Transcendence (2014): Not Very Transcendent (Review)

Where do the limits of humanity lie? How far can technology go? Can a computer be self-aware and be a sentient being? What is the difference between a human and a machine? Can a man and a machine live together as one? What does it mean to be human?

These are among the question the film Transcendence is dealing with, directly or indirectly. In it a brilliant scientist named William Caster (Johnny Depp) is trying to create an supercomputer with an artificial intelligence that has, in his own words, “greater [power] than the collective intelligence of every person born in the history of the world”, effectively trying to create a god of sorts. But when he gets attacked and poisoned by terrorists and has a short time to live he has his conscience uploaded into a computer which makes him able to live on, after his death. Through the power of the internet (enabling him to access the whole world, in essence) he becomes, with the help of his wife (Rebecca Hall), the most powerful being on earth and starts to make advances that may change life as we know it. Of course, not everyone agrees with what he’s doing.

Transcendence is a movie of great ideas, a very ambitious and thought-provoking film that can be seen as a sort of flip-side to The Terminator and The Matrix. So to speak it’s a more “realistic” and feasible version of how the machines could take over and end (or at least drastically change) life as we know it.

But, as ambitious as this film is and as smart as it wants to be, it sadly doesn’t live up to its potential. While the ideas are fascinating the execution leaves you wanting and the results are often muddled. Wally Pfister may be a great cinematographer (having shot all of Christopher Nolan’s films, among other things) but it’s clear from this that his talents lie mainly there as his direction here is perfunctory, unimaginative and lacks character. There’s little style here and it the whole thing feels generic and uninspired, for a movie directed by a cinematographer Transcendence has surprisingly little in the way of memorable visuals and often just looks drab and dull. Maybe he should have let his friend Christopher Nolan direct this (he did serve as executive producer).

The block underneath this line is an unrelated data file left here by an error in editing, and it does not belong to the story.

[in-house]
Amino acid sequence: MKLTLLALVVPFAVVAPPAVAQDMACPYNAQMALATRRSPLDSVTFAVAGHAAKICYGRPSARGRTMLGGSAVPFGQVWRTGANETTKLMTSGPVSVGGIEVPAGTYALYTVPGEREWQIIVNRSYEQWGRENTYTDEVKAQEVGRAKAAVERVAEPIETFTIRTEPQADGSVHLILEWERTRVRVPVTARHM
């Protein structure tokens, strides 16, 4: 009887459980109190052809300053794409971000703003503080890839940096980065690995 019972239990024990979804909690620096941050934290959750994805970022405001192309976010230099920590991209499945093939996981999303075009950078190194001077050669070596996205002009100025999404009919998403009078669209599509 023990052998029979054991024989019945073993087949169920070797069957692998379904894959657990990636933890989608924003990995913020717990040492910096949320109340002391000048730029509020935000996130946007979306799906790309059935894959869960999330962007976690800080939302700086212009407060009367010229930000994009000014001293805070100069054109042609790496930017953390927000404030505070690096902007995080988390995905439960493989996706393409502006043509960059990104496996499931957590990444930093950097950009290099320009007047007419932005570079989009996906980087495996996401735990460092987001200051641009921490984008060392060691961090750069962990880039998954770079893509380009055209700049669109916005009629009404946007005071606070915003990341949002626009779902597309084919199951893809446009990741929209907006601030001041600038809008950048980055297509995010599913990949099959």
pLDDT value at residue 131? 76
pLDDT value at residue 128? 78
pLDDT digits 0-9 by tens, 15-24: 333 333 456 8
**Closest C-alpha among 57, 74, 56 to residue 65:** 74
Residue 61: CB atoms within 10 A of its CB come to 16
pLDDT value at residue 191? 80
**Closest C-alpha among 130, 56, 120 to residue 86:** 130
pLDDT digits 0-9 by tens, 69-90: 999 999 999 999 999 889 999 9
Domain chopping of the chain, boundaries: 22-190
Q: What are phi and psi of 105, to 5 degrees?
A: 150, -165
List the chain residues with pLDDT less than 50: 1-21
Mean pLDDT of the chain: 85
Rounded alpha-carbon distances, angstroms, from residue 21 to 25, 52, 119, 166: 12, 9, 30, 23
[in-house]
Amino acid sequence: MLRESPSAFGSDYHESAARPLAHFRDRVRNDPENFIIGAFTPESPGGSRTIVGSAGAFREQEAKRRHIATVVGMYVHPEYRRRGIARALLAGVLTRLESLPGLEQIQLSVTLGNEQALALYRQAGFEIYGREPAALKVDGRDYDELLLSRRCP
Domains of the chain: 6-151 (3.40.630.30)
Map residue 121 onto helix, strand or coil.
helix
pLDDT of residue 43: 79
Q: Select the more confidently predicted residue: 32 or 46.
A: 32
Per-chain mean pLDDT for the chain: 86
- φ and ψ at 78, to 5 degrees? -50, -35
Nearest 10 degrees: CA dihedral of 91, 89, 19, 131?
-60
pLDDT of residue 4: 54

It also never really manages to make you care very much about any its characters, as none of them have very strong personalities and most of them are pretty one-dimensional. Dr. Will Casey doesn’t really come off as much more than a “generic brilliant mad scientist” and Depp seems at times vaguely disinterested playing him, sometimes talking like a bored Marlon Brando. Still, most of the cast can’t be faulted, especially Hall and Paul Bettany who bring a little gravitas to the film. But the actors just don’t have much to work with, Cillian Murphy for instance is rather wasted as “generic FBI dude”. Also Morgan Freeman is…Morgan Freeman.

The dialogue here is so on-the-nose at times, and the drama often so hackneyed and obvious, it feels a bit like Pfister simply shot the first of draft of Jack Paglen‘s script. It’s full of great ideas but it feels barely fleshed-out. It’s also incredibly lacking in ambiguity in terms of plotting and storytelling. Pretty much everything is on the surface, for a movie about such complicated things as artificial intelligence and nanotechnology it’s surprisingly simplistic. This is the kind of movie where people talk about “shutting off the internet” (is that even possible?) and where people are very easily convinced to change their minds just because the story needs it, even if it’s not credible for the character.